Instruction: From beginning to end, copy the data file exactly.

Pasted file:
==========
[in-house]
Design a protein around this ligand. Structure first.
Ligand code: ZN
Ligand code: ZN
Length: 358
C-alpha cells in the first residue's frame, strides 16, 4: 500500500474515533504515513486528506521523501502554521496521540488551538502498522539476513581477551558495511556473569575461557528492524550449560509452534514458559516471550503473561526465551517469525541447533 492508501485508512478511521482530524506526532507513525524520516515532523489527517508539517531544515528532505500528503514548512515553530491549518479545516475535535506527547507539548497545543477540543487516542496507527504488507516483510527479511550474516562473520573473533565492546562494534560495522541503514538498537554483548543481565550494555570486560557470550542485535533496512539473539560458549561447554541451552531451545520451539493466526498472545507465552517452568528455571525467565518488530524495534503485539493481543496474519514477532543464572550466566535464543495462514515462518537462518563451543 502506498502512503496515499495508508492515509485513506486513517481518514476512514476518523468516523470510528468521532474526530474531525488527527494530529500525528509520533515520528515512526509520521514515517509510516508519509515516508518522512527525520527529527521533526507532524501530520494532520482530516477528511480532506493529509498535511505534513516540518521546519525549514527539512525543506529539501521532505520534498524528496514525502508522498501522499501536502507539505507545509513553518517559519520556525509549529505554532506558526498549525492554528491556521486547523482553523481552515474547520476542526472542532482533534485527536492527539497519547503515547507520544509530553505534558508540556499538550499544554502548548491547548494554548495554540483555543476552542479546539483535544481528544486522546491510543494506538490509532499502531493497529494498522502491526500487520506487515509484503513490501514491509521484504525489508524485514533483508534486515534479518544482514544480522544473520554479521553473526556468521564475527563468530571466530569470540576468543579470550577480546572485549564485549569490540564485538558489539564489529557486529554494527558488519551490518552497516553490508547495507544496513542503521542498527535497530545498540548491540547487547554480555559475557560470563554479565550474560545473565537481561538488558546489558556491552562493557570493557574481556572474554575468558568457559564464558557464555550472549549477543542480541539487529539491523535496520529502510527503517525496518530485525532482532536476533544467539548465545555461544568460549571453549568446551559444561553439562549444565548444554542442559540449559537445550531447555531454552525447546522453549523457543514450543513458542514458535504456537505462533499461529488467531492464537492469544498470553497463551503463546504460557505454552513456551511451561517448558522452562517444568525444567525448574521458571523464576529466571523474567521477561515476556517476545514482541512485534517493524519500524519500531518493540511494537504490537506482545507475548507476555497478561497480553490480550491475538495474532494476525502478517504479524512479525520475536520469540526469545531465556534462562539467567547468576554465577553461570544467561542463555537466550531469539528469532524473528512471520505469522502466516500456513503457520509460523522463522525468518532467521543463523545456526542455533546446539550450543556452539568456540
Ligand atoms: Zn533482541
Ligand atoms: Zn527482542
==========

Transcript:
[in-house]
Design a protein around this ligand. Structure first.
Ligand code: ZN
Ligand code: ZN
Length: 358
C-alpha cells in the first residue's frame, strides 16, 4: 500500500474515533504515513486528506521523501502554521496521540488551538502498522539476513581477551558495511556473569575461557528492524550449560509452534514458559516471550503473561526465551517469525541447533 492508501485508512478511521482530524506526532507513525524520516515532523489527517508539517531544515528532505500528503514548512515553530491549518479545516475535535506527547507539548497545543477540543487516542496507527504488507516483510527479511550474516562473520573473533565492546562494534560495522541503514538498537554483548543481565550494555570486560557470550542485535533496512539473539560458549561447554541451552531451545520451539493466526498472545507465552517452568528455571525467565518488530524495534503485539493481543496474519514477532543464572550466566535464543495462514515462518537462518563451543 502506498502512503496515499495508508492515509485513506486513517481518514476512514476518523468516523470510528468521532474526530474531525488527527494530529500525528509520533515520528515512526509520521514515517509510516508519509515516508518522512527525520527529527521533526507532524501530520494532520482530516477528511480532506493529509498535511505534513516540518521546519525549514527539512525543506529539501521532505520534498524528496514525502508522498501522499501536502507539505507545509513553518517559519520556525509549529505554532506558526498549525492554528491556521486547523482553523481552515474547520476542526472542532482533534485527536492527539497519547503515547507520544509530553505534558508540556499538550499544554502548548491547548494554548495554540483555543476552542479546539483535544481528544486522546491510543494506538490509532499502531493497529494498522502491526500487520506487515509484503513490501514491509521484504525489508524485514533483508534486515534479518544482514544480522544473520554479521553473526556468521564475527563468530571466530569470540576468543579470550577480546572485549564485549569490540564485538558489539564489529557486529554494527558488519551490518552497516553490508547495507544496513542503521542498527535497530545498540548491540547487547554480555559475557560470563554479565550474560545473565537481561538488558546489558556491552562493557570493557574481556572474554575468558568457559564464558557464555550472549549477543542480541539487529539491523535496520529502510527503517525496518530485525532482532536476533544467539548465545555461544568460549571453549568446551559444561553439562549444565548444554542442559540449559537445550531447555531454552525447546522453549523457543514450543513458542514458535504456537505462533499461529488467531492464537492469544498470553497463551503463546504460557505454552513456551511451561517448558522452562517444568525444567525448574521458571523464576529466571523474567521477561515476556517476545514482541512485534517493524519500524519500531518493540511494537504490537506482545507475548507476555497478561497480553490480550491475538495474532494476525502478517504479524512479525520475536520469540526469545531465556534462562539467567547468576554465577553461570544467561542463555537466550531469539528469532524473528512471520505469522502466516500456513503457520509460523522463522525468518532467521543463523545456526542455533546446539550450543556452539568456540
Ligand atoms: Zn533482541
Ligand atoms: Zn527482542